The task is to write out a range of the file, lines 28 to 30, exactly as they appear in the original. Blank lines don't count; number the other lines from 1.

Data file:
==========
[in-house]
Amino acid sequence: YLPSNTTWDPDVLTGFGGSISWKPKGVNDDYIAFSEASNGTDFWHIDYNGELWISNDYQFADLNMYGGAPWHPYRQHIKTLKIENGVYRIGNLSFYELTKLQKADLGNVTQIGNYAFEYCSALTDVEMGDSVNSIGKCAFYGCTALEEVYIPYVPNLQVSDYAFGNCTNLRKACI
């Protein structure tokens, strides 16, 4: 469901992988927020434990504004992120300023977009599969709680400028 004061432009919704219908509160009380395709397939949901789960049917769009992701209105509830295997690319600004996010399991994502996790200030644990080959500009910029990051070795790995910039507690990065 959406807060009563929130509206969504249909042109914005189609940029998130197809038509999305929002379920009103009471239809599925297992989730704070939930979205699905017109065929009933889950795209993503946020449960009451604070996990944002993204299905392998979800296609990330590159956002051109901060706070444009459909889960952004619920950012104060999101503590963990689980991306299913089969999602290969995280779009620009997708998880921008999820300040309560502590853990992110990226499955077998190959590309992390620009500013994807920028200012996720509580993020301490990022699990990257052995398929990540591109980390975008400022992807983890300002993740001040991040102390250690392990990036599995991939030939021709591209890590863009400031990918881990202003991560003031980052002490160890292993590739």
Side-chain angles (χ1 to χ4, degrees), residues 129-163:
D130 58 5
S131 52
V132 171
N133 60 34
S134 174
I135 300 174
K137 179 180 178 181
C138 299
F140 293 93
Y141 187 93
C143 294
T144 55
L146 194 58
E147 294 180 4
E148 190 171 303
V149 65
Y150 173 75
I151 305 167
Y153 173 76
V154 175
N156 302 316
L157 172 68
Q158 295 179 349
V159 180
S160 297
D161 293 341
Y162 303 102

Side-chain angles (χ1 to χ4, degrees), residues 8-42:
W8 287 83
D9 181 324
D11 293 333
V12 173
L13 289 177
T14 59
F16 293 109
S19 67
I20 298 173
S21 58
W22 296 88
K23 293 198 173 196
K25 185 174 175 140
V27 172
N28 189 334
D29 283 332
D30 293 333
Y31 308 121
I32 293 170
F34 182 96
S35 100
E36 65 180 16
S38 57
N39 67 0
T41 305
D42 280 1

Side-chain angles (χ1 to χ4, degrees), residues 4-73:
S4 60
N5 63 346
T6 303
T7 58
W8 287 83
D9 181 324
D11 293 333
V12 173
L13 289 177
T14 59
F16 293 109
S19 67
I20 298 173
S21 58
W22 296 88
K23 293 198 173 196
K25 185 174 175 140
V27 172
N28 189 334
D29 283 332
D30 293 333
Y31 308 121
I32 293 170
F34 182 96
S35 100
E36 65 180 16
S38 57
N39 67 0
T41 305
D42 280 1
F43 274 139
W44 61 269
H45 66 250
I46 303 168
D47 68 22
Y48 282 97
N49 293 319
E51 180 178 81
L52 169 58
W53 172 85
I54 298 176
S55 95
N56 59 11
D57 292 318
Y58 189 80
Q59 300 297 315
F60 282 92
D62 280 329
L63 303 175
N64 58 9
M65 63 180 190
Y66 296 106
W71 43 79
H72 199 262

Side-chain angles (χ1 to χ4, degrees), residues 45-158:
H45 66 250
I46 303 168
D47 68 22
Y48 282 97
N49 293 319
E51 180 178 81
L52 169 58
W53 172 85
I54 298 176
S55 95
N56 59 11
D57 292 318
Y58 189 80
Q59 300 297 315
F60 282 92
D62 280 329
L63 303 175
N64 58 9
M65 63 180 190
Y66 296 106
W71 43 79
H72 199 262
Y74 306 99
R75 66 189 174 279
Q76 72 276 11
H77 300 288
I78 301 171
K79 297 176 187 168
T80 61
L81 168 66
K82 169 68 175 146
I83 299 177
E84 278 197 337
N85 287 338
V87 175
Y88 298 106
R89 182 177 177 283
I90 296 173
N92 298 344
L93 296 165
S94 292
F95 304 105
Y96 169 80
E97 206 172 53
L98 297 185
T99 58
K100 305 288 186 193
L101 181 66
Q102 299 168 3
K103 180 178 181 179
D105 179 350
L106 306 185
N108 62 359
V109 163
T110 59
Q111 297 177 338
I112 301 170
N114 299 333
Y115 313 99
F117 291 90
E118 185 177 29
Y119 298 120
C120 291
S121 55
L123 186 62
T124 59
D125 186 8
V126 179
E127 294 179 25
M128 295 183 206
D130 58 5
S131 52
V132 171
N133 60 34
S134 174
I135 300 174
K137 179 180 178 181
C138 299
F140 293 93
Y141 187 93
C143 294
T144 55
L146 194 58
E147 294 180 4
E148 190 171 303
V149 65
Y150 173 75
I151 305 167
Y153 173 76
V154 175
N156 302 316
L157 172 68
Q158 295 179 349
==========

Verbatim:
V159 180
S160 297
D161 293 341